Although Gorbachev's 18-day absence from public view drew criticism in Moscow and abroad, in the end it has helped him emerge from the crisis with his reputation hardly ruffled.
By staying out of the fray in the uncertain days at the beginning of the incident, Gorbachev distanced himself from its darkest moments. "In the end, nobody connected the Gorbachev policy with Chernobyl," said Fyodor Burlatsky, a columnist for the Soviet newspaper Literaturnaya Gazeta, in an interview. "The disorder that reigned there set in many years ago."
Still, it was a disorder that the new Soviet leader inherited, his first domestic crisis. Chernobyl would have been a rugged test for any political leader anywhere. It struck with enough power to derail Gorbachev from the course of leadership he had followed for a year before the explosion.
By official Soviet accounts the most costly domestic accident in postwar history, Chernobyl threatened to drain resources and steal the momentum from Gorbachev's 15-year blueprint for economic reform, which emphasized revamping the nuclear and other energy industries.
Perhaps more important in the long term, the Chernobyl incident exposed the Soviet Union's nuclear vulnerabilities at a time when Gorbachev was exhorting the country to enter a new technological era.
From the outside, it now appears that Gorbachev took an early lead role in resolving the crisis and circumvented potential management conflicts by dispatching some of his closest aides to the scene to settle key problems.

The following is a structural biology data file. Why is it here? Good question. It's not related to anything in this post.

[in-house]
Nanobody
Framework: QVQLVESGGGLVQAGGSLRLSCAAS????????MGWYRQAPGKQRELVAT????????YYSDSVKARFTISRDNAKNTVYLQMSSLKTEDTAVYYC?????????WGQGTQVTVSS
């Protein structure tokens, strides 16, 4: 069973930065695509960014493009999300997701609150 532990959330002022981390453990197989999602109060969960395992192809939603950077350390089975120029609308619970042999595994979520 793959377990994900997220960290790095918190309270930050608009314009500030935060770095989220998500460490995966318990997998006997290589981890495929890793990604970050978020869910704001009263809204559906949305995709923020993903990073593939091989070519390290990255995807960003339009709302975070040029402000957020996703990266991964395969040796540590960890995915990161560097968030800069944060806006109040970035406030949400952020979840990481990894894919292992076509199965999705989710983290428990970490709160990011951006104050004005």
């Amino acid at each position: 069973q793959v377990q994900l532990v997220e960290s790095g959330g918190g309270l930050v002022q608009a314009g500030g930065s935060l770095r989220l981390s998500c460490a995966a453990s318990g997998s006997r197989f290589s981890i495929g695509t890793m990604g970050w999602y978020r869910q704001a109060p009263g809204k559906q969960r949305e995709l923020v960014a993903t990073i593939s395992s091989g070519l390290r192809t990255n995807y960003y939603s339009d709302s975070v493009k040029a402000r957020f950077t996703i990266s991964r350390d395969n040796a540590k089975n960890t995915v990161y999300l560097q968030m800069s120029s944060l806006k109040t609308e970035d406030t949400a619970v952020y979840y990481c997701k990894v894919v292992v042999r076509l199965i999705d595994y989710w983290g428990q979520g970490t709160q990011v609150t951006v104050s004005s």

In the end, however, the disaster has extracted a heavy price from the Soviet economy and leadership. For the $ 2.98 billion Moscow says it will lose in energy, resettlement and cleanup costs, it could have bought five reactors the size of the $ 597 million damaged Chernobyl plant.
Moscow Escaped Some Costs
Still, the Kremlin has cleared the first stage of the disaster with a far lower cleanup bill than any other major industrial country would have faced under similar circumstances, according to western specialists.
The main reason: Lower environmental and health standards have spared it the liability payments that western governments would have had to pay. Despite an international effort to extract compensation for crop losses wrought by the Chernobyl radiation cloud, the Kremlin has declined to pay the West one kopeck. And after itemized payments for the reactor, new housing, workers' wages and energy and agricultural losses, there is little money left in the Chernobyl budget for compensating local damage.
The energy shortage resulting from lost power at Chernobyl and repair work at the 11 similar plants will amount to 5 percent of the Soviet Union's 1986-87 power supply, according to Soviet energy officials.